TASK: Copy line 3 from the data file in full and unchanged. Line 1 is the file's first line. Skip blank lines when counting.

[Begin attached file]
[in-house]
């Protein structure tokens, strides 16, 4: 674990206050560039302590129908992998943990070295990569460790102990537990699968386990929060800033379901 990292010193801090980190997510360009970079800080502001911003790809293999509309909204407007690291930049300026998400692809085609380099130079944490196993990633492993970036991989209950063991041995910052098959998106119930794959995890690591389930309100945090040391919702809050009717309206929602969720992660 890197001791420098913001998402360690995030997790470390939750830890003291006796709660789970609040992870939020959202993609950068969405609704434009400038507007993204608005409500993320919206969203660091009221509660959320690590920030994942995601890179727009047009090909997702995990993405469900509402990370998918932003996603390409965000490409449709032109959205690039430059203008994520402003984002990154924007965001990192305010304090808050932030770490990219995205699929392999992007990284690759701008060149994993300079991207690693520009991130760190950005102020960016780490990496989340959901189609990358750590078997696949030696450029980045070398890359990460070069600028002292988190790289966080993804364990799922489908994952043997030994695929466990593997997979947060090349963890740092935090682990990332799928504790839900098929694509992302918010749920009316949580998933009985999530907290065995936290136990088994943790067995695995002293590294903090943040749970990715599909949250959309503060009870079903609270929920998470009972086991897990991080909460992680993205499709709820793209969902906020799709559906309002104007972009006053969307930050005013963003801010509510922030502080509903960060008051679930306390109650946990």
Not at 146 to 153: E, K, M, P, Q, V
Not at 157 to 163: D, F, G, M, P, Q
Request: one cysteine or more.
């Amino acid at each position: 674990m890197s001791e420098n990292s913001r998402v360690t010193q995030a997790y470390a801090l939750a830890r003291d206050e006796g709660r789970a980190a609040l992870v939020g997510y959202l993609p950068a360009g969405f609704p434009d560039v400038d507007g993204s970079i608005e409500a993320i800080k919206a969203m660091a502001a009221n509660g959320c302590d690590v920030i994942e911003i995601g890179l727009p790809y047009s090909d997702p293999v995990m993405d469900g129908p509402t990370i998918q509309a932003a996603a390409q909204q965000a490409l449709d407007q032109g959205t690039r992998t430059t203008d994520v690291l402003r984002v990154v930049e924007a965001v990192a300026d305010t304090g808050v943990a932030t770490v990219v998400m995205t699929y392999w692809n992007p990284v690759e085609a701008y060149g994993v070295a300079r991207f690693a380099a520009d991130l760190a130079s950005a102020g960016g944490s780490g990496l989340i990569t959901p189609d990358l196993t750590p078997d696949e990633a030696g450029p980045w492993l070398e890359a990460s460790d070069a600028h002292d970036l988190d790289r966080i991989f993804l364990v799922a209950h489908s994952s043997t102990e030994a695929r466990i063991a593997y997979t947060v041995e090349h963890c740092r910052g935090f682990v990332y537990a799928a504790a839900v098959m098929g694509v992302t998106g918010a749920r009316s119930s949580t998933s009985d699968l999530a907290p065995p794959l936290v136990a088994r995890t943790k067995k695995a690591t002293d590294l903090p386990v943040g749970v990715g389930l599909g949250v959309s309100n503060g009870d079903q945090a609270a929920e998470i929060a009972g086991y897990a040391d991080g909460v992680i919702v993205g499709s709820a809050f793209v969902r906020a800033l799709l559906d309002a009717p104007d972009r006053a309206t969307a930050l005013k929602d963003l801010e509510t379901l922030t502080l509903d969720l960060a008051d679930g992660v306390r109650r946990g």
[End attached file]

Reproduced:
Not at 146 to 153: E, K, M, P, Q, V